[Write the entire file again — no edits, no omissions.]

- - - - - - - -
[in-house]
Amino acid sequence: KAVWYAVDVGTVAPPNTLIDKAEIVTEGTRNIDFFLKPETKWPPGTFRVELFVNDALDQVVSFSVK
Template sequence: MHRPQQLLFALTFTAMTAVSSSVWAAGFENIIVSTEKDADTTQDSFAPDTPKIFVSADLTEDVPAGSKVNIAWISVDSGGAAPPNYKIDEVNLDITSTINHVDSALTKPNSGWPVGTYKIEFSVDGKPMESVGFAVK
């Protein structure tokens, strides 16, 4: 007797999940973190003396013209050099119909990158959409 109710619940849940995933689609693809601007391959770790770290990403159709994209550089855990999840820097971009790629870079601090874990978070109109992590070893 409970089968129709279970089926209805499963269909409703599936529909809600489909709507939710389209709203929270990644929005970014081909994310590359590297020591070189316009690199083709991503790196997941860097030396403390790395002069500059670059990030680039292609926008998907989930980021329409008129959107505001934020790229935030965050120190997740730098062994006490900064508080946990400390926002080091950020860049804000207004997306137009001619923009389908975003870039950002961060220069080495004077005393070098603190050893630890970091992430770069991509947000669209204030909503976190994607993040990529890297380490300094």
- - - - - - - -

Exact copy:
[in-house]
Amino acid sequence: KAVWYAVDVGTVAPPNTLIDKAEIVTEGTRNIDFFLKPETKWPPGTFRVELFVNDALDQVVSFSVK
Template sequence: MHRPQQLLFALTFTAMTAVSSSVWAAGFENIIVSTEKDADTTQDSFAPDTPKIFVSADLTEDVPAGSKVNIAWISVDSGGAAPPNYKIDEVNLDITSTINHVDSALTKPNSGWPVGTYKIEFSVDGKPMESVGFAVK
């Protein structure tokens, strides 16, 4: 007797999940973190003396013209050099119909990158959409 109710619940849940995933689609693809601007391959770790770290990403159709994209550089855990999840820097971009790629870079601090874990978070109109992590070893 409970089968129709279970089926209805499963269909409703599936529909809600489909709507939710389209709203929270990644929005970014081909994310590359590297020591070189316009690199083709991503790196997941860097030396403390790395002069500059670059990030680039292609926008998907989930980021329409008129959107505001934020790229935030965050120190997740730098062994006490900064508080946990400390926002080091950020860049804000207004997306137009001619923009389908975003870039950002961060220069080495004077005393070098603190050893630890970091992430770069991509947000669209204030909503976190994607993040990529890297380490300094």